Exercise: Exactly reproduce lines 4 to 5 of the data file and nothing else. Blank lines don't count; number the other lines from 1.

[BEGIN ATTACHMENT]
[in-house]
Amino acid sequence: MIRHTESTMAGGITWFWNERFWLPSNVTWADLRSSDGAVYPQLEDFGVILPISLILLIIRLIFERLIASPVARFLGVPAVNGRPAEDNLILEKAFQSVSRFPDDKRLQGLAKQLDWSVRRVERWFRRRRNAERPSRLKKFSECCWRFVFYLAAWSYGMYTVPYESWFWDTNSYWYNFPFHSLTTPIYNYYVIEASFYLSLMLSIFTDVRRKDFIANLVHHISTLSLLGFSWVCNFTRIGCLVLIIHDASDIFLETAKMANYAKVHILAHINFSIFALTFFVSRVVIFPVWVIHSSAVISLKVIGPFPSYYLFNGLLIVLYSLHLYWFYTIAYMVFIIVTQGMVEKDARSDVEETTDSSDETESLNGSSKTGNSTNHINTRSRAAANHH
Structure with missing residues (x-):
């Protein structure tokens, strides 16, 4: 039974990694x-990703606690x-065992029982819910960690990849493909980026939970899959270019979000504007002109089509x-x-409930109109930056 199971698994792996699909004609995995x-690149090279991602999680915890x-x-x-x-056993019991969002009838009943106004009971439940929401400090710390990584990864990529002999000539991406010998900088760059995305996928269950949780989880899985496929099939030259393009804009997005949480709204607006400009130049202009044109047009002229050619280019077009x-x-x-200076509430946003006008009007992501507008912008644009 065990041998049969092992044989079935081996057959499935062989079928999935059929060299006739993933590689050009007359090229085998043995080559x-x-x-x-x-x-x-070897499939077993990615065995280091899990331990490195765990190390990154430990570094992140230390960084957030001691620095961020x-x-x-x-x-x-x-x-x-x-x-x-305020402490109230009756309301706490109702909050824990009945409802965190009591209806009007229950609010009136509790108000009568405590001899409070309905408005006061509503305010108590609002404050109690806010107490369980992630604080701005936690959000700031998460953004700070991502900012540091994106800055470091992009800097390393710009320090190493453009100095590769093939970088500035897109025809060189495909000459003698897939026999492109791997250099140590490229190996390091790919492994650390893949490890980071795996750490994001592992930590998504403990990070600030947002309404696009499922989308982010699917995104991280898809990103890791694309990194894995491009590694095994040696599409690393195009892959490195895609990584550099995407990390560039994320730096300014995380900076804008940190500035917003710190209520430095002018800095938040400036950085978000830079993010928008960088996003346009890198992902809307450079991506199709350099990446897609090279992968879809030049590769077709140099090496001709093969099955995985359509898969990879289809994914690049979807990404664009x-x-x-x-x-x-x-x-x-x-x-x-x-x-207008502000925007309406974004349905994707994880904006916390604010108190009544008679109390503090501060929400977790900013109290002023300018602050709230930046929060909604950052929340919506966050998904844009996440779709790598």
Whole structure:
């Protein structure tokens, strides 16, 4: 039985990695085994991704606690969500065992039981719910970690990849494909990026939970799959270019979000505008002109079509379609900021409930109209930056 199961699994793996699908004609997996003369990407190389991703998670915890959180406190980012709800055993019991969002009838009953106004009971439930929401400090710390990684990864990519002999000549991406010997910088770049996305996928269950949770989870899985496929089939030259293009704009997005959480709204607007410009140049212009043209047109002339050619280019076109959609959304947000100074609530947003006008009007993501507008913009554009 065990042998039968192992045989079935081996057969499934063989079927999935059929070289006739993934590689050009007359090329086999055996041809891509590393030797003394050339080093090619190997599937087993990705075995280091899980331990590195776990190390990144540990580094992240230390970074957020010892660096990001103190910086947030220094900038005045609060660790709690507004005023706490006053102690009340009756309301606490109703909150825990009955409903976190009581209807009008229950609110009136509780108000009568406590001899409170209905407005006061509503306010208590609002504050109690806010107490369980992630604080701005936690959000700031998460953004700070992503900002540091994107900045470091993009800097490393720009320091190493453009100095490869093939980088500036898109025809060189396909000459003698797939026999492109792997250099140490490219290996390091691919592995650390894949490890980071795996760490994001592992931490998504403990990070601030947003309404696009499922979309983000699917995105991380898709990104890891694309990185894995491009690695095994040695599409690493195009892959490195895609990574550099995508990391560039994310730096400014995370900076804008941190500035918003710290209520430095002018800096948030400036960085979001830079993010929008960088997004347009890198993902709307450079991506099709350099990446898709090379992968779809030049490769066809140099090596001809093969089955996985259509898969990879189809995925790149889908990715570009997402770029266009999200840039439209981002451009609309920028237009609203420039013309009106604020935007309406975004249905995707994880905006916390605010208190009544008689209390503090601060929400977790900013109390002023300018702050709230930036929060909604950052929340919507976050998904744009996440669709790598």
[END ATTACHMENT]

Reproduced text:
């Protein structure tokens, strides 16, 4: 039974990694x-990703606690x-065992029982819910960690990849493909980026939970899959270019979000504007002109089509x-x-409930109109930056 199971698994792996699909004609995995x-690149090279991602999680915890x-x-x-x-056993019991969002009838009943106004009971439940929401400090710390990584990864990529002999000539991406010998900088760059995305996928269950949780989880899985496929099939030259393009804009997005949480709204607006400009130049202009044109047009002229050619280019077009x-x-x-200076509430946003006008009007992501507008912008644009 065990041998049969092992044989079935081996057959499935062989079928999935059929060299006739993933590689050009007359090229085998043995080559x-x-x-x-x-x-x-070897499939077993990615065995280091899990331990490195765990190390990154430990570094992140230390960084957030001691620095961020x-x-x-x-x-x-x-x-x-x-x-x-305020402490109230009756309301706490109702909050824990009945409802965190009591209806009007229950609010009136509790108000009568405590001899409070309905408005006061509503305010108590609002404050109690806010107490369980992630604080701005936690959000700031998460953004700070991502900012540091994106800055470091992009800097390393710009320090190493453009100095590769093939970088500035897109025809060189495909000459003698897939026999492109791997250099140590490229190996390091790919492994650390893949490890980071795996750490994001592992930590998504403990990070600030947002309404696009499922989308982010699917995104991280898809990103890791694309990194894995491009590694095994040696599409690393195009892959490195895609990584550099995407990390560039994320730096300014995380900076804008940190500035917003710190209520430095002018800095938040400036950085978000830079993010928008960088996003346009890198992902809307450079991506199709350099990446897609090279992968879809030049590769077709140099090496001709093969099955995985359509898969990879289809994914690049979807990404664009x-x-x-x-x-x-x-x-x-x-x-x-x-x-207008502000925007309406974004349905994707994880904006916390604010108190009544008679109390503090501060929400977790900013109290002023300018602050709230930046929060909604950052929340919506966050998904844009996440779709790598």
Whole structure: